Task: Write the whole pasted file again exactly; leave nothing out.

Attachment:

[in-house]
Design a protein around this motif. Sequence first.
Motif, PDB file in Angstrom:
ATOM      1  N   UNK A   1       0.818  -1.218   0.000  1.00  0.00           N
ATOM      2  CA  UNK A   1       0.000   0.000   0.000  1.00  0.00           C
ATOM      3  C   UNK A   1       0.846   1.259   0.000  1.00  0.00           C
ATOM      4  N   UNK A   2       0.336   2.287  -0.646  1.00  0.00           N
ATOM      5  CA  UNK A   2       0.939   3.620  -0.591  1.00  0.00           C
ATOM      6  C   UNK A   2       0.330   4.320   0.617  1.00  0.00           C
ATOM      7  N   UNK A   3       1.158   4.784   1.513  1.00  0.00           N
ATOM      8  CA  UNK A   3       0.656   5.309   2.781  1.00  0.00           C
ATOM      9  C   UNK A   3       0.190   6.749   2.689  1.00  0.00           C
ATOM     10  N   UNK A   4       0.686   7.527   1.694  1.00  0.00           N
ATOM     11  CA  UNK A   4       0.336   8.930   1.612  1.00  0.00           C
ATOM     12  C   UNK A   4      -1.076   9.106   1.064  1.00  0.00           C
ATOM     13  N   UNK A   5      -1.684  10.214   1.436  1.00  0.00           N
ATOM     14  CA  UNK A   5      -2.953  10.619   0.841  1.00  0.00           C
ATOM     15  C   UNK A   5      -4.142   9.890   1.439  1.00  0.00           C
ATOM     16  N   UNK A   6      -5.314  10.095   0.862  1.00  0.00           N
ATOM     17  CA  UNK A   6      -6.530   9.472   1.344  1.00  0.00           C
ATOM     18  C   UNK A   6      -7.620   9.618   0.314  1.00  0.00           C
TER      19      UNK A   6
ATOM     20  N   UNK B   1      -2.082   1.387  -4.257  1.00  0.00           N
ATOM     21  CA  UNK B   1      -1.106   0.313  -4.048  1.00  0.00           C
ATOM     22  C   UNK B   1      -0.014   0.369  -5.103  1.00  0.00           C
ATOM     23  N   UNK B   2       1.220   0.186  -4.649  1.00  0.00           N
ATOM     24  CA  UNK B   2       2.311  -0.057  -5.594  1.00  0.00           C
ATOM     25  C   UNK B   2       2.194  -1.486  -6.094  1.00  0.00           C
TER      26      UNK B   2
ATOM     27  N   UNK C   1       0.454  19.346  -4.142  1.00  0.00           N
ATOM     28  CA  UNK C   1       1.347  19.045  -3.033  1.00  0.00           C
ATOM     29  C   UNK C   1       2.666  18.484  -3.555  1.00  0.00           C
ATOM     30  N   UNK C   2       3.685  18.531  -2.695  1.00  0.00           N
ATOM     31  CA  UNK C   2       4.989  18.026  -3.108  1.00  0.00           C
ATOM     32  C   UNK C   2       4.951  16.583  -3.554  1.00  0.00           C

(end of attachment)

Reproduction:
[in-house]
Design a protein around this motif. Sequence first.
Motif, PDB file in Angstrom:
ATOM      1  N   UNK A   1       0.818  -1.218   0.000  1.00  0.00           N
ATOM      2  CA  UNK A   1       0.000   0.000   0.000  1.00  0.00           C
ATOM      3  C   UNK A   1       0.846   1.259   0.000  1.00  0.00           C
ATOM      4  N   UNK A   2       0.336   2.287  -0.646  1.00  0.00           N
ATOM      5  CA  UNK A   2       0.939   3.620  -0.591  1.00  0.00           C
ATOM      6  C   UNK A   2       0.330   4.320   0.617  1.00  0.00           C
ATOM      7  N   UNK A   3       1.158   4.784   1.513  1.00  0.00           N
ATOM      8  CA  UNK A   3       0.656   5.309   2.781  1.00  0.00           C
ATOM      9  C   UNK A   3       0.190   6.749   2.689  1.00  0.00           C
ATOM     10  N   UNK A   4       0.686   7.527   1.694  1.00  0.00           N
ATOM     11  CA  UNK A   4       0.336   8.930   1.612  1.00  0.00           C
ATOM     12  C   UNK A   4      -1.076   9.106   1.064  1.00  0.00           C
ATOM     13  N   UNK A   5      -1.684  10.214   1.436  1.00  0.00           N
ATOM     14  CA  UNK A   5      -2.953  10.619   0.841  1.00  0.00           C
ATOM     15  C   UNK A   5      -4.142   9.890   1.439  1.00  0.00           C
ATOM     16  N   UNK A   6      -5.314  10.095   0.862  1.00  0.00           N
ATOM     17  CA  UNK A   6      -6.530   9.472   1.344  1.00  0.00           C
ATOM     18  C   UNK A   6      -7.620   9.618   0.314  1.00  0.00           C
TER      19      UNK A   6
ATOM     20  N   UNK B   1      -2.082   1.387  -4.257  1.00  0.00           N
ATOM     21  CA  UNK B   1      -1.106   0.313  -4.048  1.00  0.00           C
ATOM     22  C   UNK B   1      -0.014   0.369  -5.103  1.00  0.00           C
ATOM     23  N   UNK B   2       1.220   0.186  -4.649  1.00  0.00           N
ATOM     24  CA  UNK B   2       2.311  -0.057  -5.594  1.00  0.00           C
ATOM     25  C   UNK B   2       2.194  -1.486  -6.094  1.00  0.00           C
TER      26      UNK B   2
ATOM     27  N   UNK C   1       0.454  19.346  -4.142  1.00  0.00           N
ATOM     28  CA  UNK C   1       1.347  19.045  -3.033  1.00  0.00           C
ATOM     29  C   UNK C   1       2.666  18.484  -3.555  1.00  0.00           C
ATOM     30  N   UNK C   2       3.685  18.531  -2.695  1.00  0.00           N
ATOM     31  CA  UNK C   2       4.989  18.026  -3.108  1.00  0.00           C
ATOM     32  C   UNK C   2       4.951  16.583  -3.554  1.00  0.00           C